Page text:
Just three days after picking up its best win of the Big Ten Conference season over Iowa, Nebraska knew it would need an even more impressive performance to have a chance at knocking off No. 16 Wisconsin on Tuesday night.
It became clear from the opening minutes though that the Badgers had absolutely zero interest in letting that happen.
With arguably the hottest shooting performance by an NU opponent this season, Wisconsin had the Huskers on their heels from the opening tip and never slowed down the rest of the night in a 77-46 drubbing in Madison.
When all was said and done, UW had shot 50.9 percent from the field and 48 percent from 3-point range, even with nine bench players seeing action in the game. The 31-point margin was Nebraska's largest defeat of the season, topping the 29-point loss it suffered at Minnesota on Jan. 29.
"Maybe the Iowa hangover so to speak had an effect? I don't know," head coach Tim Miles said during his post-game radio show on the Husker Sports Network. "The fact is we weren't good enough tonight. We didn't play with enough pride. We didn't represent ourselves the way I would expect us to. I was just extremely disappointed."
After Wisconsin connected on two straight 3-pointers to open the game, Nebraska was able to settle things down and eventually take its first lead of the night at 10-8 with 13:50 to go after a nice 10-2 run. That would be as good as things would get for the Huskers in the rest of the night, though.
The Badgers, known more for their stingy defense than prolific scoring, seemingly could not miss through the first 20 minutes, and they quickly reclaimed the lead with a dominating 27-4 run of their own. After a 3 by freshman Sam Dekker with 5:32 left in the half to cap off the run and make it 35-14, UW had made 13 of its first 21 shots from the field and 8-of-11 from beyond the arc.
Senior Dylan Talley stopped the bleeding temporarily with seven unanswered points to cut the deficit down to 14, but Wisconsin closed the half on a 9-2 run and led by as much as 23 before going into halftime with a 44-23 advantage.
When all was said and done, the Badgers had shot 16-of-27 from the floor and 8-of-13 from beyond the arc in the first half, while Nebraska was just 10-of-28 and 3-of-7 from 3-point range. Even more impressive was Wisconsin had 13 assists on its 16 made field goals.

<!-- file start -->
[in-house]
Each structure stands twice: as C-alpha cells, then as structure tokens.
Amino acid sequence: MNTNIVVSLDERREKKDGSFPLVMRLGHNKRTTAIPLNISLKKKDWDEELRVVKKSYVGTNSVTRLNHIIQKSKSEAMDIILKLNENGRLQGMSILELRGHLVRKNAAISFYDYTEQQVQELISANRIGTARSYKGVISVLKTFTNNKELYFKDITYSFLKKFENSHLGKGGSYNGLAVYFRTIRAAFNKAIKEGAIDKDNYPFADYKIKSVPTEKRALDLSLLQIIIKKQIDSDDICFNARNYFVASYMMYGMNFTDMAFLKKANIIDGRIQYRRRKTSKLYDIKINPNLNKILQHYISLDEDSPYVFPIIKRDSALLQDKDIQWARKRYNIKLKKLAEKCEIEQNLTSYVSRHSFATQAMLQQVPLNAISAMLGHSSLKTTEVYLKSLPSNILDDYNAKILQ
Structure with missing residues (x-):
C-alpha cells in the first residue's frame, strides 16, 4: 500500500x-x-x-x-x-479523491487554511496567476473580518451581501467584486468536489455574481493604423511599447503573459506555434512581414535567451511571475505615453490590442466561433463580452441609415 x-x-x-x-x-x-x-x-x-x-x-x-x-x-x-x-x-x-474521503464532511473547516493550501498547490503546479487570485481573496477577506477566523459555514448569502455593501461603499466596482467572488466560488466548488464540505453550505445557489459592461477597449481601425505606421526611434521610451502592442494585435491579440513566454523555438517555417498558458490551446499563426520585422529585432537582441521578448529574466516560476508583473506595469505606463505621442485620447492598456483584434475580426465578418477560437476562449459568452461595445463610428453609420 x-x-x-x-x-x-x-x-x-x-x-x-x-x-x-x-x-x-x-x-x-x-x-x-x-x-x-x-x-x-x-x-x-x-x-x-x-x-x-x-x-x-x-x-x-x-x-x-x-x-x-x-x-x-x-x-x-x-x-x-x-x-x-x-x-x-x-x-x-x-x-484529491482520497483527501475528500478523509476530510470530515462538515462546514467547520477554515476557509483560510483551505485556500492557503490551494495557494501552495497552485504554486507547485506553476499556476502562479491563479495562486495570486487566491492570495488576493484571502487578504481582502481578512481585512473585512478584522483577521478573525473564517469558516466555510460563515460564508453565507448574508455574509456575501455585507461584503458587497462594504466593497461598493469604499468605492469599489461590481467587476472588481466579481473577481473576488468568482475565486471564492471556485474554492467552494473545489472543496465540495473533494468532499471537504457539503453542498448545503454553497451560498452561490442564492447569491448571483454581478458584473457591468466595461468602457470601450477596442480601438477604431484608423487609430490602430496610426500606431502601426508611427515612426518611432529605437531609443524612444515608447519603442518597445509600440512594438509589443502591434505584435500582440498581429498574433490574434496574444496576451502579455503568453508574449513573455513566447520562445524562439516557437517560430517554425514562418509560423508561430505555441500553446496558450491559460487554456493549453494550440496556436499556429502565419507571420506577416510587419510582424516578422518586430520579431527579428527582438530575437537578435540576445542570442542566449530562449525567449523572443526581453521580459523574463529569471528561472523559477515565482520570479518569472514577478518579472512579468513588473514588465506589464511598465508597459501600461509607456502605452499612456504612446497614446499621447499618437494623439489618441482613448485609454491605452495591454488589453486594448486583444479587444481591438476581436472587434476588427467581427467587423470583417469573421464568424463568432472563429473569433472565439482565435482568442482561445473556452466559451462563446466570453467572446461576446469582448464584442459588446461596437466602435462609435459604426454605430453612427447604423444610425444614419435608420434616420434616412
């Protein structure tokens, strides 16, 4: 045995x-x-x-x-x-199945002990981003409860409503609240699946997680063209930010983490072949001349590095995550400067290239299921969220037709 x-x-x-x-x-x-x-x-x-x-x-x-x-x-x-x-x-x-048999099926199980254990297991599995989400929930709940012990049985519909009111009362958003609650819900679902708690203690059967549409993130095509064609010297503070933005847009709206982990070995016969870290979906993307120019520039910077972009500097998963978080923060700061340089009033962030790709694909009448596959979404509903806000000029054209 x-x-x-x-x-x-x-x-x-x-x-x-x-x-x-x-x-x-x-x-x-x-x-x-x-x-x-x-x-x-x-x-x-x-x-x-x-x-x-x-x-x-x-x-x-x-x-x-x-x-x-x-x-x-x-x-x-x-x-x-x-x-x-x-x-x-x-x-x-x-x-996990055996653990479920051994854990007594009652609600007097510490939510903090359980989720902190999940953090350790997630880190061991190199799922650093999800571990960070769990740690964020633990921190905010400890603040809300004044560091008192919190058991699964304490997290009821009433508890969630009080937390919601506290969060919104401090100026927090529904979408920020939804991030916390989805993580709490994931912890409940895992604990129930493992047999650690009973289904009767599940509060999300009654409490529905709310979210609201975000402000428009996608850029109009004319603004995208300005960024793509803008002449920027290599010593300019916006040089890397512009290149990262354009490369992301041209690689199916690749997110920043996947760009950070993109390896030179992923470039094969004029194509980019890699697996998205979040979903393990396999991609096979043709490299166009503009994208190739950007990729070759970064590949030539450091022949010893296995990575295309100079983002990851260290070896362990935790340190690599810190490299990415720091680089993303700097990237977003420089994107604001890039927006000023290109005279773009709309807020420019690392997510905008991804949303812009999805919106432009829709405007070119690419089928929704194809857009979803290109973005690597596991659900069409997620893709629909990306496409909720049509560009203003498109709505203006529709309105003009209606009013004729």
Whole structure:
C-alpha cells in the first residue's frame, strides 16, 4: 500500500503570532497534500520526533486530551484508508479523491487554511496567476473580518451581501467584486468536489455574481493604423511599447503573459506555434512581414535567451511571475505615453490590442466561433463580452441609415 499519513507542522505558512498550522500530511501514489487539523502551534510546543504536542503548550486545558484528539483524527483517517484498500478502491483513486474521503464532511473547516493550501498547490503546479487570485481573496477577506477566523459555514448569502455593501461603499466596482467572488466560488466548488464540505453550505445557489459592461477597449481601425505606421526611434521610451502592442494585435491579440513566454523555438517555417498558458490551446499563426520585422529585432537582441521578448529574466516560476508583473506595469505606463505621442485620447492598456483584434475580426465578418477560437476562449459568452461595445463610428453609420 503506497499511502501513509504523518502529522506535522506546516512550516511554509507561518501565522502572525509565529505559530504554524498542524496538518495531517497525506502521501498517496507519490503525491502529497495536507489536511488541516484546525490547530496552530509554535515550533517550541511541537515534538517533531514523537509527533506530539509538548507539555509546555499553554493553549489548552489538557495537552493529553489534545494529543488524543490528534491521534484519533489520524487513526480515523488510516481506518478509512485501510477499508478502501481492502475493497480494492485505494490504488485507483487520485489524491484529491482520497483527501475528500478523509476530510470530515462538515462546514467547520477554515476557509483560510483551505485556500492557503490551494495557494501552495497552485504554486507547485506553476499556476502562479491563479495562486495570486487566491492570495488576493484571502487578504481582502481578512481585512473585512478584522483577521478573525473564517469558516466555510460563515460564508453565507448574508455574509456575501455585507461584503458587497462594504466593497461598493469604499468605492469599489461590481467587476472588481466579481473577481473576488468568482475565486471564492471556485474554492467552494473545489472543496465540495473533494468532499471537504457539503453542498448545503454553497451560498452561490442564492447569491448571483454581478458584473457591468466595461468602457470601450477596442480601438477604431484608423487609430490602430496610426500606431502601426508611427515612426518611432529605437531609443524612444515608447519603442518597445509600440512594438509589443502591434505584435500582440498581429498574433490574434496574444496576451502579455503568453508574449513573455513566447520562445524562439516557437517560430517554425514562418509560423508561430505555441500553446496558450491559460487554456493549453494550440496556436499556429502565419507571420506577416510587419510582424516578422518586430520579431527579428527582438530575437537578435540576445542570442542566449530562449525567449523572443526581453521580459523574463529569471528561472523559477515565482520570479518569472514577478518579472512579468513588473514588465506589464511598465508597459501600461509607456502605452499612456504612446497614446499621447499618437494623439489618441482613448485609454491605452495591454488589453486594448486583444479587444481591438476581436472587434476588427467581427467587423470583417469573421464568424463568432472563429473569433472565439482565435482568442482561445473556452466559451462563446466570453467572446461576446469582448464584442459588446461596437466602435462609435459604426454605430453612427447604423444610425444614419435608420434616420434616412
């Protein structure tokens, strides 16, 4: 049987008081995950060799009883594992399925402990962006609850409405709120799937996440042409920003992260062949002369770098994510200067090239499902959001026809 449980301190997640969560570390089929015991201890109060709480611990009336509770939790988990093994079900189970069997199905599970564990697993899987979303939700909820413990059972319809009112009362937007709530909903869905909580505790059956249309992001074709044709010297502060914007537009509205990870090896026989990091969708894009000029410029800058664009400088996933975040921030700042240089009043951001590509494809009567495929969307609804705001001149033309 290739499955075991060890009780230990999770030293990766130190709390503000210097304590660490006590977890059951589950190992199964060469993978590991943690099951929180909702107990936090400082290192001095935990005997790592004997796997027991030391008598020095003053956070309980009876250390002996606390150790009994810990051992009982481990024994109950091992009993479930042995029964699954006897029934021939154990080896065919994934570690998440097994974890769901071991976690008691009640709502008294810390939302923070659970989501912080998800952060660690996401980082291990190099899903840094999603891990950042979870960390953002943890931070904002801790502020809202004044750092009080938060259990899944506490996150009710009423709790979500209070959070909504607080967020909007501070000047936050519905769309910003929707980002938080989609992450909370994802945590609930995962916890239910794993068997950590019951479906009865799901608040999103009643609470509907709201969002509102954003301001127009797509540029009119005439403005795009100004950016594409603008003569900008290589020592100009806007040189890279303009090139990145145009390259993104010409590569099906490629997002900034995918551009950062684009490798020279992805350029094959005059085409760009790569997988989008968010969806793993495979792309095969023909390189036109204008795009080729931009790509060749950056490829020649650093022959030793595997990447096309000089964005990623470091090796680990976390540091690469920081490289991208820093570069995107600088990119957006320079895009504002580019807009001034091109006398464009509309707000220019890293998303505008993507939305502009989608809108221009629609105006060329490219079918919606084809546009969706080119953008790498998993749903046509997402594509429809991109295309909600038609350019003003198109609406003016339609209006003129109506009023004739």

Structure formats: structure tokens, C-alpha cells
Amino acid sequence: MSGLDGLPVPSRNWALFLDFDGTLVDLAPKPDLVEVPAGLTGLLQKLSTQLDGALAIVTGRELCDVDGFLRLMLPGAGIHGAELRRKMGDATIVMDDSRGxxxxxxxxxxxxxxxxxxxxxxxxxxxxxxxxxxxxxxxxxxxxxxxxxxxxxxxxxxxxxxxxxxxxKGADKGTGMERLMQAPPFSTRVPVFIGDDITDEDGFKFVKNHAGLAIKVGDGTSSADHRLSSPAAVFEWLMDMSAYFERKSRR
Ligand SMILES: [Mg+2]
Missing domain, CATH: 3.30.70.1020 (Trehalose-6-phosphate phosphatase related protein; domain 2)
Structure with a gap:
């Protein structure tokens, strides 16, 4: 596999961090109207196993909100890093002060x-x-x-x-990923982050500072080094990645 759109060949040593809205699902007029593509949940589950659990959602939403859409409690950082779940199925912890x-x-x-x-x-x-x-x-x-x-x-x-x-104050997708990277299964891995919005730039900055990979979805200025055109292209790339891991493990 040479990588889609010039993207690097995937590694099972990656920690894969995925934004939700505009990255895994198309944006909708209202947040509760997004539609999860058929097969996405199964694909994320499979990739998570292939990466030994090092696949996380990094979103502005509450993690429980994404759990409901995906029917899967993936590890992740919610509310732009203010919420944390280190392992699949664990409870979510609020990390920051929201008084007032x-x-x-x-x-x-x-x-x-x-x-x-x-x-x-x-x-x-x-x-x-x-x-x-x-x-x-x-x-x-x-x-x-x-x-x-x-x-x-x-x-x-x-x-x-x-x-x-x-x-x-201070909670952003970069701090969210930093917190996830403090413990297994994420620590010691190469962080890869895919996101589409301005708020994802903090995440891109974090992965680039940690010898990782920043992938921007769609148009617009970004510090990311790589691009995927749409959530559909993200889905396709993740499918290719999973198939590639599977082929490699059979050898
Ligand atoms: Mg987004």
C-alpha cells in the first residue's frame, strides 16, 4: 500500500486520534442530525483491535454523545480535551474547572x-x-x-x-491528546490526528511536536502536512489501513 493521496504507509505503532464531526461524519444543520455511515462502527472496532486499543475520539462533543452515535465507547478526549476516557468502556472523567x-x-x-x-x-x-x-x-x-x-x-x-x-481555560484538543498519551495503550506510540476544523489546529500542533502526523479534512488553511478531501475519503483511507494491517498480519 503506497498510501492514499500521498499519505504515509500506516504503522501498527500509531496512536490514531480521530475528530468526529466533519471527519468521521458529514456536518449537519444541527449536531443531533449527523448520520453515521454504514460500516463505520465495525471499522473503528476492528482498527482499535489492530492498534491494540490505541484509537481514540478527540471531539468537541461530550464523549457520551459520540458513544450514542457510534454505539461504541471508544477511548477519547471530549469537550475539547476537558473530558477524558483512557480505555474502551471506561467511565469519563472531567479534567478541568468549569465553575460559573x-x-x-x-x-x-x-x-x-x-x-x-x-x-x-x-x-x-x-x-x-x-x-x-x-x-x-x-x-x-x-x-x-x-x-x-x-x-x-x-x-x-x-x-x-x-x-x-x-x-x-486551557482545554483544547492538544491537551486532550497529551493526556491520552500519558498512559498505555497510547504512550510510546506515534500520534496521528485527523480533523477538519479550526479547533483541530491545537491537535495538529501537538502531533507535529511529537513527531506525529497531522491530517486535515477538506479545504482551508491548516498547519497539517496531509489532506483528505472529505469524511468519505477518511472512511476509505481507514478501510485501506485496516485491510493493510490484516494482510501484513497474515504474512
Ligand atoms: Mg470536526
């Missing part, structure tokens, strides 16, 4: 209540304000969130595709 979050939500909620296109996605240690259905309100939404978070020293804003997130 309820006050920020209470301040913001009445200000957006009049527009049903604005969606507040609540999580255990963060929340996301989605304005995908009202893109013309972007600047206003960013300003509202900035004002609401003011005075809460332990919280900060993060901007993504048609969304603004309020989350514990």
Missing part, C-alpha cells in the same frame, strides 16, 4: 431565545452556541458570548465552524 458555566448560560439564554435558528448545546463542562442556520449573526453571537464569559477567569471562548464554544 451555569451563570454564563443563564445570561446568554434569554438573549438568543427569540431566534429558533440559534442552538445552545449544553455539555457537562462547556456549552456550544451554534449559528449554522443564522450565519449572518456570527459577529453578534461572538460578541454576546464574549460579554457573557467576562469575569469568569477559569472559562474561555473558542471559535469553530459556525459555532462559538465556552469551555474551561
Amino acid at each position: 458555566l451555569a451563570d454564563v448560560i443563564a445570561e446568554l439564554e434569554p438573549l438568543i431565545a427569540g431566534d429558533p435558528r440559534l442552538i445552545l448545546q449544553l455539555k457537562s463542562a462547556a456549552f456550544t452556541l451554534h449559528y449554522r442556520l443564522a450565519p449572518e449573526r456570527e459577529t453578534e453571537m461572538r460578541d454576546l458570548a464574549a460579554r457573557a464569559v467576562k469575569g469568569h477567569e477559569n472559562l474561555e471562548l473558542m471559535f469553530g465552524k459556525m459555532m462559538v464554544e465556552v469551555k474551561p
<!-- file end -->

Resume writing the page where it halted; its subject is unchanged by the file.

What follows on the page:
Dekker was 5-of-6 from long range in the game and had 13 of his career-high 19 points in the first half, and he was one of six UW players with a 3-pointer on the night. Talley had 12 of his game-high 21 points in the first half, but he was about the only Husker to see any sort of success early on.
"It was disappointing," Miles said. "There's no doubt about it. Early they came out and jumped on us, made 3s, and that's the one thing - if Wisconsin makes 3s, they can really hurt you in a lot of different ways because their ball movement and player movement is so good. They've got a lot of guys - Ben Brust moves without the ball so well, Ryan Evans moves without the ball so well, Mike Bruesewitz moves so well without the ball; even their centers move well without the ball.
"We knew we were going to be short-handed without Andre (Almeida) and that knee sprain, and so we needed guys to stay out of foul trouble, and maybe that kind of messed with us, I don't know. But when you're starting to look for answers like that, I think that's all kind of poor excuses. We just weren't ready to compete the way we needed to be successful. Against a team this good - what are they, 63-2 against non-ranked Big Ten teams here (at home)? There's a reason for that."
The second half certainly didn't get any better for the Huskers, as they went the first six minutes after halftime before scoring a single point and had just three points through the first 12 minutes of the half. Meanwhile, Wisconsin extended its lead to as much as 38 points and hardly slowed down even after clearing its bench for most of the final eight minutes.
Senior forward Brandon Ubel had 10 points and six rebounds before fouling out late in the game, but no other Husker scored more than six points in the loss. Evans had 14 points and seven boards for the Badgers, while Brust hit 3-of-5 3-pointers to finish with 13 points.
After the win over Iowa, the Huskers had been talking about keeping their hopes of qualifying for the NIT alive by closing their final four regular season games out strong. Now reeling from the crushing blow delivered by Wisconsin on Tuesday night, Nebraska is more concerned with building back up whatever confidence it has left moving forward.
"First of all, I asked the guys (in the locker room after the game), I said, 'You have a voice in this thing. I want to know. I want you seniors to write on the board where are we at with this,'" Miles said. "One of the interesting things the guys wrote was we let their good offense drain our energy. We let that really affect us. You just can't do that. You've got to play the best you can and when things go against you you've got to ratchet up the energy, not drop the energy. You can't be that easily defeated. Life's going to be really long if you let it be that way."
Nebraska returns to action on Saturday when it travels to take on Illinois, with tip-off set for 4:15 p.m. CT on the Big Ten Network.
"That's the glory of college basketball, is you've got another one four days later," Miles said. "We just have to bounce back and give it our best shot and find a way to get back on track."